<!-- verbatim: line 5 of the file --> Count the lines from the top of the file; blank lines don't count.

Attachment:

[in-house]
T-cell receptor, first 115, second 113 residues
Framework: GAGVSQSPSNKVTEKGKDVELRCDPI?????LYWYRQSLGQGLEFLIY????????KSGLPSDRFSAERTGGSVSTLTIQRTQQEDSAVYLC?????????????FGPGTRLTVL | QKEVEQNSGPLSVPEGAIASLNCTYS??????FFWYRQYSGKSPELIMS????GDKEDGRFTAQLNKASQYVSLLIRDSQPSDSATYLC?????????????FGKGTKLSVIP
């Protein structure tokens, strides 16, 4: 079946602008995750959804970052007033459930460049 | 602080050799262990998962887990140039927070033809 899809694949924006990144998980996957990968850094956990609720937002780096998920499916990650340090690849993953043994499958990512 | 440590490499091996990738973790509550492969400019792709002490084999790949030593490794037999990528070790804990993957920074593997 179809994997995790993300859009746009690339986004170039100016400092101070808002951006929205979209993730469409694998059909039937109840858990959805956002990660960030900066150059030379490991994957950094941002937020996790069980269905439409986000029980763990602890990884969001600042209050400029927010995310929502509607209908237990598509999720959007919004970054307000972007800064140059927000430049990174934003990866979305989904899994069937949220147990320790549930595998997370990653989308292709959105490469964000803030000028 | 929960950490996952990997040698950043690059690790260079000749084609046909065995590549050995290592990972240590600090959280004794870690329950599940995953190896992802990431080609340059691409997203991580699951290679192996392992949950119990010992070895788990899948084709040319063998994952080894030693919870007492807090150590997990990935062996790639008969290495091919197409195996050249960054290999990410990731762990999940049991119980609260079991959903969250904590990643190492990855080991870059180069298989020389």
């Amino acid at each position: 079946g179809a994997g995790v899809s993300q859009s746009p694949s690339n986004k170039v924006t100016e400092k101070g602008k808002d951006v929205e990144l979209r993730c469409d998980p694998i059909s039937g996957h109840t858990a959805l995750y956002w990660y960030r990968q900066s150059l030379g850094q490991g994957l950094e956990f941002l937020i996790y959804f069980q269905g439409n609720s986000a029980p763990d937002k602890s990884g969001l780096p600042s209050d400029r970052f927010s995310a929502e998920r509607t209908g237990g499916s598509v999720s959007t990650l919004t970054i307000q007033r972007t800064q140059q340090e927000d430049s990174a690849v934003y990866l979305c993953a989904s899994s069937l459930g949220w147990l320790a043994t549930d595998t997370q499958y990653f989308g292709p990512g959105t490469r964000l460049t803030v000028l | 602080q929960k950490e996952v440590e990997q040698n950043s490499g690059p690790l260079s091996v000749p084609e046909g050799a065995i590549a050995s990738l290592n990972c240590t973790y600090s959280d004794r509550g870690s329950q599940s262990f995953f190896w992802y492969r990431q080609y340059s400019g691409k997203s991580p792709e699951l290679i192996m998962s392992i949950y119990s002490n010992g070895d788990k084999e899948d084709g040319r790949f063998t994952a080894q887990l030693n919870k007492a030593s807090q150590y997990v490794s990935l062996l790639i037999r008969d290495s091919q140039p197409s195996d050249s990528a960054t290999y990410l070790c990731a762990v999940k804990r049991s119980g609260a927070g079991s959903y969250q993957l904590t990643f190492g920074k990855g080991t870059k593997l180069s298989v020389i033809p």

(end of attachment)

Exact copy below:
């Amino acid at each position: 079946g179809a994997g995790v899809s993300q859009s746009p694949s690339n986004k170039v924006t100016e400092k101070g602008k808002d951006v929205e990144l979209r993730c469409d998980p694998i059909s039937g996957h109840t858990a959805l995750y956002w990660y960030r990968q900066s150059l030379g850094q490991g994957l950094e956990f941002l937020i996790y959804f069980q269905g439409n609720s986000a029980p763990d937002k602890s990884g969001l780096p600042s209050d400029r970052f927010s995310a929502e998920r509607t209908g237990g499916s598509v999720s959007t990650l919004t970054i307000q007033r972007t800064q140059q340090e927000d430049s990174a690849v934003y990866l979305c993953a989904s899994s069937l459930g949220w147990l320790a043994t549930d595998t997370q499958y990653f989308g292709p990512g959105t490469r964000l460049t803030v000028l | 602080q929960k950490e996952v440590e990997q040698n950043s490499g690059p690790l260079s091996v000749p084609e046909g050799a065995i590549a050995s990738l290592n990972c240590t973790y600090s959280d004794r509550g870690s329950q599940s262990f995953f190896w992802y492969r990431q080609y340059s400019g691409k997203s991580p792709e699951l290679i192996m998962s392992i949950y119990s002490n010992g070895d788990k084999e899948d084709g040319r790949f063998t994952a080894q887990l030693n919870k007492a030593s807090q150590y997990v490794s990935l062996l790639i037999r008969d290495s091919q140039p197409s195996d050249s990528a960054t290999y990410l070790c990731a762990v999940k804990r049991s119980g609260a927070g079991s959903y969250q993957l904590t990643f190492g920074k990855g080991t870059k593997l180069s298989v020389i033809p």